Not all of the space on lots you’re considering will be buildable. Municipal bylaws or community guidelines set forth by a homeowner’s association may determine the allowable size of the building, the placement of the home on the lot, and certain aesthetic requirements.
As of January 1, 2021, various cities and districts on BC’s West Coast adopted Step 4 of the BC Energy Step Code, for Part 9 residential buildings. When building a sustainable, energy-efficient home, whether you build to Step 4, or future-proof your home by building up to Step 5 (net zero ready), the location of your lot and the placement of your home on the property are important. Optimizing the solar orientation of your house will be a key factor in achieving net zero.
You will want to involve your architect or design-builder when choosing your lot, to make sure you can build your dream home on that property. Your builder can help you research setbacks, variances, and any environmental regulations that may impact the type of home you can build on the lot. And a surveyor can help identify any easements or peculiarities.
Obtaining permits and approvals
Before construction begins, it’s important to secure all necessary permits and approvals. Building Code enforcement, including issuing building permits, is generally carried out by your municipal building department. These may include zoning permits, building permits, electrical work and plumbing permits, environmental clearances, and other regulatory requirements.
As part of their project management services, a design-build contractor will typically manage all of the permits and inspections, but you’ll want to verify whose responsibility it is.
Developing and submitting detailed plans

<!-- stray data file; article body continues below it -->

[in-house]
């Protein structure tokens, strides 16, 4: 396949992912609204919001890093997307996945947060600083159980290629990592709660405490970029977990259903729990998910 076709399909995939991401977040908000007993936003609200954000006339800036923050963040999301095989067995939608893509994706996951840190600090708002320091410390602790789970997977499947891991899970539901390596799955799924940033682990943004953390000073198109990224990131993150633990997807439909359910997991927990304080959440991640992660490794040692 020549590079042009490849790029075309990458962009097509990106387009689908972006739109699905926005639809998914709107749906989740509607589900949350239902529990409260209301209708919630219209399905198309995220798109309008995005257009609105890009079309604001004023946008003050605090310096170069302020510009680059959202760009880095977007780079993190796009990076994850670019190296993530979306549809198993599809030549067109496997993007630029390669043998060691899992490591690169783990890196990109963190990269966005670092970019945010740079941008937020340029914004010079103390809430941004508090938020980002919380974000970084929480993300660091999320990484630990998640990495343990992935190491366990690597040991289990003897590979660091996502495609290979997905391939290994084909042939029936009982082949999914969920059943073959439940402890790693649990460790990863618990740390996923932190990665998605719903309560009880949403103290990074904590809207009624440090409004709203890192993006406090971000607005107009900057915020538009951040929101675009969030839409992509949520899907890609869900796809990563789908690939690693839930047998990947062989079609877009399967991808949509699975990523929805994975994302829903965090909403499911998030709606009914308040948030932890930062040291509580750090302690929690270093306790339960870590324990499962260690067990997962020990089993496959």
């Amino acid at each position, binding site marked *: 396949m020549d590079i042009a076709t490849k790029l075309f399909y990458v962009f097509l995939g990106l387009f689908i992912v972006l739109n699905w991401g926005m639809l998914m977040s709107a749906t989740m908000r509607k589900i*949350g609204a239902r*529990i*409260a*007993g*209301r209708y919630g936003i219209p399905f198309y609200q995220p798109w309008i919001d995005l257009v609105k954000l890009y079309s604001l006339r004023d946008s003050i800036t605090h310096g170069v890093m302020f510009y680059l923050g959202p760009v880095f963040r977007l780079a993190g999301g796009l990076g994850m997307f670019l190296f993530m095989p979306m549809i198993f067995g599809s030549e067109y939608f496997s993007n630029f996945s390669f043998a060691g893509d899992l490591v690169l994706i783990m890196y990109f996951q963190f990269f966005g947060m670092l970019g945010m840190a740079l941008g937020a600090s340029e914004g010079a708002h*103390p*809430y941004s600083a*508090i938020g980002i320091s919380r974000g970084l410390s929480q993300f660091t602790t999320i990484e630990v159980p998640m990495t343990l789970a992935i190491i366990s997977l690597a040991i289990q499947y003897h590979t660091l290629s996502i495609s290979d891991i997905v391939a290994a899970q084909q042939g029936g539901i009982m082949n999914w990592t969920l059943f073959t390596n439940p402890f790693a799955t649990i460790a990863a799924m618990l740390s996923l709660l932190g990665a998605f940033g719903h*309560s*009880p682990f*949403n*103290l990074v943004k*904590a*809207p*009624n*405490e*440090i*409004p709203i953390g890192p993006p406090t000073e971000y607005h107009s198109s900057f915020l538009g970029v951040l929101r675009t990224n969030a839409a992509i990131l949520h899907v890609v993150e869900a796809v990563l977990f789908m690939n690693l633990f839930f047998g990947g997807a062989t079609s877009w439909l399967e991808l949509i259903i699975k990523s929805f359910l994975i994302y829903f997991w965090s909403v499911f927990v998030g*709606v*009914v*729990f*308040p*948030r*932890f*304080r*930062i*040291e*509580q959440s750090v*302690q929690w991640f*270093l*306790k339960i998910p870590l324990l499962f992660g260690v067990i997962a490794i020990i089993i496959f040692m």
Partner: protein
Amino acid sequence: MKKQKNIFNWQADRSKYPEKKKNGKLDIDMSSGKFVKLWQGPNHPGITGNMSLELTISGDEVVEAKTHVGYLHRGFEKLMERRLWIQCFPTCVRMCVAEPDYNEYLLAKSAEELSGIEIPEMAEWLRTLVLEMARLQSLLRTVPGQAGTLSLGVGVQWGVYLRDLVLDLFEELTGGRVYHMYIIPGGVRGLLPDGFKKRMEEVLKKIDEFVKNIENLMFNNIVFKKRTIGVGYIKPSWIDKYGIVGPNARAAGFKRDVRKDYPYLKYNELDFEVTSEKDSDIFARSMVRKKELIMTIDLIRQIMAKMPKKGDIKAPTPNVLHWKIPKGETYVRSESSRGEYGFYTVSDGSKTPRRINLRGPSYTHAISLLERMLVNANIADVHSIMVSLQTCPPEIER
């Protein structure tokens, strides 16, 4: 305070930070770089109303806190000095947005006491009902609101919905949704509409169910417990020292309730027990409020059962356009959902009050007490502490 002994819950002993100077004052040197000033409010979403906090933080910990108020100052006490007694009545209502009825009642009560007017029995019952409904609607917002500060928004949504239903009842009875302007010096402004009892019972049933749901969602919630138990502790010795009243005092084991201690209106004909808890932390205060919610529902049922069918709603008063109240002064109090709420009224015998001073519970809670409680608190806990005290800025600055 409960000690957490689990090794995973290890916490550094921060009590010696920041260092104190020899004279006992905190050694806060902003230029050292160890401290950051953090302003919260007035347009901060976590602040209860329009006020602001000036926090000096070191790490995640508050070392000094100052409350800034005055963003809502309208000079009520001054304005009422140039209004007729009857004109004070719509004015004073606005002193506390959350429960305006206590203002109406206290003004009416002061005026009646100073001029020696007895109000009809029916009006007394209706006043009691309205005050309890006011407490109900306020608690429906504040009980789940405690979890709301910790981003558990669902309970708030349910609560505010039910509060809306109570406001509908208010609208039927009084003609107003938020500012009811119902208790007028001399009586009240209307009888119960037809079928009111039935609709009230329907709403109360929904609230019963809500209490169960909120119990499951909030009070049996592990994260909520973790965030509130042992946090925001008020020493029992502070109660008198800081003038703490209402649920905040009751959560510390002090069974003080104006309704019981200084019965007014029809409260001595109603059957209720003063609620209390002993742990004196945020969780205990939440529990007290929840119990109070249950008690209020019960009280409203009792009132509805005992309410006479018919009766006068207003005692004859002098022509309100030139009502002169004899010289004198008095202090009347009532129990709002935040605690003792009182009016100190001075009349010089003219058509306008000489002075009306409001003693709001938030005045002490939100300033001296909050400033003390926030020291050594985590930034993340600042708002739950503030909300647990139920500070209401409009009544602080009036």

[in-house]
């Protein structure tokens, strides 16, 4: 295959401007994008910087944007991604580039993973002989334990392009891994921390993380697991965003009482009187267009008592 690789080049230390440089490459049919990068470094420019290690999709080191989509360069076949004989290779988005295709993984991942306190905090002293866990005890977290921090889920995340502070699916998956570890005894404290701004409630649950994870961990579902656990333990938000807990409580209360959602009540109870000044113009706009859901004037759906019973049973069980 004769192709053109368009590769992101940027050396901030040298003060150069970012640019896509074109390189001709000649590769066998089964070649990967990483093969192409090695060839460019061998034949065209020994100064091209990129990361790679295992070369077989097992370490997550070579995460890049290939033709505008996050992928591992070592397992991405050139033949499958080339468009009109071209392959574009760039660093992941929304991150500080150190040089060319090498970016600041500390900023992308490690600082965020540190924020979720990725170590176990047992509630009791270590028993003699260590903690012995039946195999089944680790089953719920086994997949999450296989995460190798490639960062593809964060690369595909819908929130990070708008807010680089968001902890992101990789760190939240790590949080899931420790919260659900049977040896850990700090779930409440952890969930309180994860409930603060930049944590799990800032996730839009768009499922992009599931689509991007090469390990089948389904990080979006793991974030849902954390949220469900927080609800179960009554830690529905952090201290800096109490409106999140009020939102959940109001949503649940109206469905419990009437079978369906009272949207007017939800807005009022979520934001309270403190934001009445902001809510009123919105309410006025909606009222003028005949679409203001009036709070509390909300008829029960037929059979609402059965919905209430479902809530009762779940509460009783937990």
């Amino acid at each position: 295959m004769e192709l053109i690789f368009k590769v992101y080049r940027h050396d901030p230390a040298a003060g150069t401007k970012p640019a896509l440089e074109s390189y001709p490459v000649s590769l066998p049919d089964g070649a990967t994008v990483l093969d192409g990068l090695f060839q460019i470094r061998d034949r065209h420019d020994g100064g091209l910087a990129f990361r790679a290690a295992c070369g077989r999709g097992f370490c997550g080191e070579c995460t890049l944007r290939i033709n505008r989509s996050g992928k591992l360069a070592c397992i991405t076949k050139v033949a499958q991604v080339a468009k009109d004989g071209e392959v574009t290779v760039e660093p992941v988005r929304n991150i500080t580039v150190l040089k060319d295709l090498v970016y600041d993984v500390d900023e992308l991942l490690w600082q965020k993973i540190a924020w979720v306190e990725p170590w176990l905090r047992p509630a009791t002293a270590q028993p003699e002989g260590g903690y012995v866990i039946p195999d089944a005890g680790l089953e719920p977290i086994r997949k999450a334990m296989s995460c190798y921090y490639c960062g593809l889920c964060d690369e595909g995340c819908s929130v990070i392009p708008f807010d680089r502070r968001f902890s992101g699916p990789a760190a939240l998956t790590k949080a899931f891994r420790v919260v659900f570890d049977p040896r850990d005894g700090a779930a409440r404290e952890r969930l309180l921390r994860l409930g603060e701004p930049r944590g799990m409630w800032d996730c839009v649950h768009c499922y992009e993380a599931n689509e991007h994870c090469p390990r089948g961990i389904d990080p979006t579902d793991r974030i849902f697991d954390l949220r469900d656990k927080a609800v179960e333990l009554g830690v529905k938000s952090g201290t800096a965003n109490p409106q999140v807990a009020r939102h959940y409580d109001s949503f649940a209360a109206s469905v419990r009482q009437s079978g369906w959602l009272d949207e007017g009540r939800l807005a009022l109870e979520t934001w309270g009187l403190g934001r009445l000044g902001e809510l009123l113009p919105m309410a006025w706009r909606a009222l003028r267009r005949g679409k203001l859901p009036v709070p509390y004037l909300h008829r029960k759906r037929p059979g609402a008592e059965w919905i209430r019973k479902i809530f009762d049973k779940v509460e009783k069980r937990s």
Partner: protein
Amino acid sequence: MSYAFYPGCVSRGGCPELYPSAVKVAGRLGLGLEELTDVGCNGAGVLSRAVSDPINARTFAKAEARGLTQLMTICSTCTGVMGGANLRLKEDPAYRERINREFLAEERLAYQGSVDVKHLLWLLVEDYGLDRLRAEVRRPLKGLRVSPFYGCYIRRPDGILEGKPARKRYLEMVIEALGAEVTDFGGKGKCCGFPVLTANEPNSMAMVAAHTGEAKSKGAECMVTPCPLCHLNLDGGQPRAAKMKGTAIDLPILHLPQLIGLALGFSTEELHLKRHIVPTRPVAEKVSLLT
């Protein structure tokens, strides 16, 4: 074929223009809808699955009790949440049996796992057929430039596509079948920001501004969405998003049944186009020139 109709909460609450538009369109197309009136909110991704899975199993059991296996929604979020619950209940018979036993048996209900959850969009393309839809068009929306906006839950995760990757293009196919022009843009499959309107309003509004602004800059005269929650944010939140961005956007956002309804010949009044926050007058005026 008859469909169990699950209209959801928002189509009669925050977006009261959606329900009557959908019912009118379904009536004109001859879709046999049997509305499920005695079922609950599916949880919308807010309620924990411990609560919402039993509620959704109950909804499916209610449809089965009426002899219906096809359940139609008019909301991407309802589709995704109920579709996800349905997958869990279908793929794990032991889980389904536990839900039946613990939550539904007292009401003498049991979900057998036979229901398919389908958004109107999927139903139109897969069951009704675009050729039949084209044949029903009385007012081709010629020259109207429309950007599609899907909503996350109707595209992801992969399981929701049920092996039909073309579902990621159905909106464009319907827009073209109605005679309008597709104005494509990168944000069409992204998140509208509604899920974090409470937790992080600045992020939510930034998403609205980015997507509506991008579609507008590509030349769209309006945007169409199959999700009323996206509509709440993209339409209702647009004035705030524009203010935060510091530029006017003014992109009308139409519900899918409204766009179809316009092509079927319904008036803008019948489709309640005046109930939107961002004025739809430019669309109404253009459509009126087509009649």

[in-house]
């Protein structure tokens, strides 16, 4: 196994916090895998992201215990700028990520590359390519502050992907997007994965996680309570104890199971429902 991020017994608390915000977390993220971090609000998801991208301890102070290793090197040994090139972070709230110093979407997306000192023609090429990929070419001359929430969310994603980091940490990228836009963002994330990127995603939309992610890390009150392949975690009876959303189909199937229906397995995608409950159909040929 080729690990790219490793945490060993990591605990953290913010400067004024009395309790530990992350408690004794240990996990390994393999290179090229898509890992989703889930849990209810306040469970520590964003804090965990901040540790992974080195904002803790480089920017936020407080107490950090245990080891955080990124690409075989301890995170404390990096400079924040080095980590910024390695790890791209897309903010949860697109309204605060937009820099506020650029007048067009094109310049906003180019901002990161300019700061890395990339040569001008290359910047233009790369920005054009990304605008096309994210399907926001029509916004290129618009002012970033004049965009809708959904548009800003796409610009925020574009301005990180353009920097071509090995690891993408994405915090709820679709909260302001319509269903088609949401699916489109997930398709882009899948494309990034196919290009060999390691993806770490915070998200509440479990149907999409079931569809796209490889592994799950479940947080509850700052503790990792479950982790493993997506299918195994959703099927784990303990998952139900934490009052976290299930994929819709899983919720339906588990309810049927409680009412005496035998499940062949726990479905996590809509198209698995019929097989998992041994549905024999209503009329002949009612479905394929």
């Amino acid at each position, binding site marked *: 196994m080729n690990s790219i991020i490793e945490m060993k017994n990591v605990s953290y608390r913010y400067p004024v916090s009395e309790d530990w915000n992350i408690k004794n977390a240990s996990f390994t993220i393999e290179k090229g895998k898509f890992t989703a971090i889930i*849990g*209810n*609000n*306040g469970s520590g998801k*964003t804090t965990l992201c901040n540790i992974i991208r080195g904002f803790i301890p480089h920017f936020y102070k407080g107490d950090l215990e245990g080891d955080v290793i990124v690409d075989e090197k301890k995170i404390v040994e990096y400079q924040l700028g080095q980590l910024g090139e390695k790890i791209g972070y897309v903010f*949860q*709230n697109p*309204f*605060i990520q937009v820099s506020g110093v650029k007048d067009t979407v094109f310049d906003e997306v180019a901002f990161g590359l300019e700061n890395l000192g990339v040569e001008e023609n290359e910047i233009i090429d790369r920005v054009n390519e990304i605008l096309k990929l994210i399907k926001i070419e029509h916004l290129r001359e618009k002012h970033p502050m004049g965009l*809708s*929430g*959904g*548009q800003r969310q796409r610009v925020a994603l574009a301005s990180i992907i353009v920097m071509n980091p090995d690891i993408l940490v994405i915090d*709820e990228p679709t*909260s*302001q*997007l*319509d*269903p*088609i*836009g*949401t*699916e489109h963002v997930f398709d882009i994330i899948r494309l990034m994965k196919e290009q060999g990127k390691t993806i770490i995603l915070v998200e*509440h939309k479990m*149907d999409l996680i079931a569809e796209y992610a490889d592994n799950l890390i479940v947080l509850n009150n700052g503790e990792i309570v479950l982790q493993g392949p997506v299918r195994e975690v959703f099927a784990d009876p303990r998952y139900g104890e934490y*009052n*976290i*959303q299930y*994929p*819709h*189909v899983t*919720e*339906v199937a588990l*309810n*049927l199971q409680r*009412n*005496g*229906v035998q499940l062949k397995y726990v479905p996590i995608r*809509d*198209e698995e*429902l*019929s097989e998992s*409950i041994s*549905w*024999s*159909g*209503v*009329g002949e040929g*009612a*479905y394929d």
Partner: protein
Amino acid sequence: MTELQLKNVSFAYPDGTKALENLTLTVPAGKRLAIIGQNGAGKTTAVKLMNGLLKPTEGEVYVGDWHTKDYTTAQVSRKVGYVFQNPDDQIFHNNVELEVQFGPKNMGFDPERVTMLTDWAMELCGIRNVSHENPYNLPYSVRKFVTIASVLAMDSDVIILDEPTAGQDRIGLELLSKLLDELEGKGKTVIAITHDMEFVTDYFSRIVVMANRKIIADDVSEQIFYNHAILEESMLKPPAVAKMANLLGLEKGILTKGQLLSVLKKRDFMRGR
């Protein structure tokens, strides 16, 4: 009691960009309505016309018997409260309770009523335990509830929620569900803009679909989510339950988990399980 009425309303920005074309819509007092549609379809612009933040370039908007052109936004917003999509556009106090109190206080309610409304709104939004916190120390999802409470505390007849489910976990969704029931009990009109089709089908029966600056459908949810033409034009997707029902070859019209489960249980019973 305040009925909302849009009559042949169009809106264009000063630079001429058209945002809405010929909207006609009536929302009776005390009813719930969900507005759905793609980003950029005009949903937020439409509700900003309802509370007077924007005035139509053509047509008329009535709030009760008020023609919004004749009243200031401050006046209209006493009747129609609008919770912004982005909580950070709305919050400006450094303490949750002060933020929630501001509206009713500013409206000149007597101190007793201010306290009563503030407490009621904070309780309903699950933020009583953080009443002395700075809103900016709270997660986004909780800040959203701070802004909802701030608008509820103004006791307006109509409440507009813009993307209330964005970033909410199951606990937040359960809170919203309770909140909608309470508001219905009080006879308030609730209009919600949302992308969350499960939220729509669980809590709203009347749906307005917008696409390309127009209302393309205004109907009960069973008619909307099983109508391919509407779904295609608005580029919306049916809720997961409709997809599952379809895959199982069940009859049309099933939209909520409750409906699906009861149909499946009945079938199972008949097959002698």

Your architect or design-builder will create detailed construction plans. These plans will outline every aspect of the build, including materials, dimensions, electrical and plumbing, layouts and more.
Your project must comply with local building bylaws, to meet life safety, livability, accessibility, and sustainability requirements. The application checklist for your building permit will identify which drawings, forms, and documents your builder needs to submit with your application.
Selecting materials and finishes
You will probably work closely with your builder and interior designer to choose materials and finishes that align with your design and budget. Deciding on finishes can be the most exciting and creatively fulfilling phase, but it can also be quite time-consuming. There can be hundreds of finish selections that need to be made, and your design-builder can help streamline the process with a comprehensive selections guide that includes pricing targets.
If you also have an interior designer on the team, they can work with you, meeting with you regularly to present options and keep the project on track as you work through the selections guide your builder provided.
With approved plans in hand, construction can begin. Constructing your home involves site preparation, foundation construction, framing, roofing, plumbing, electrical work, insulation, drywall installation, and other essential tasks.
On every project, there will be some surprises. It’s important to set up at least a 10% contingency fund to cover those unexpected costs. It’s also essential to establish ground rules with your builder. What hours will the contractor be working, and what hours is it appropriate for you to visit your site?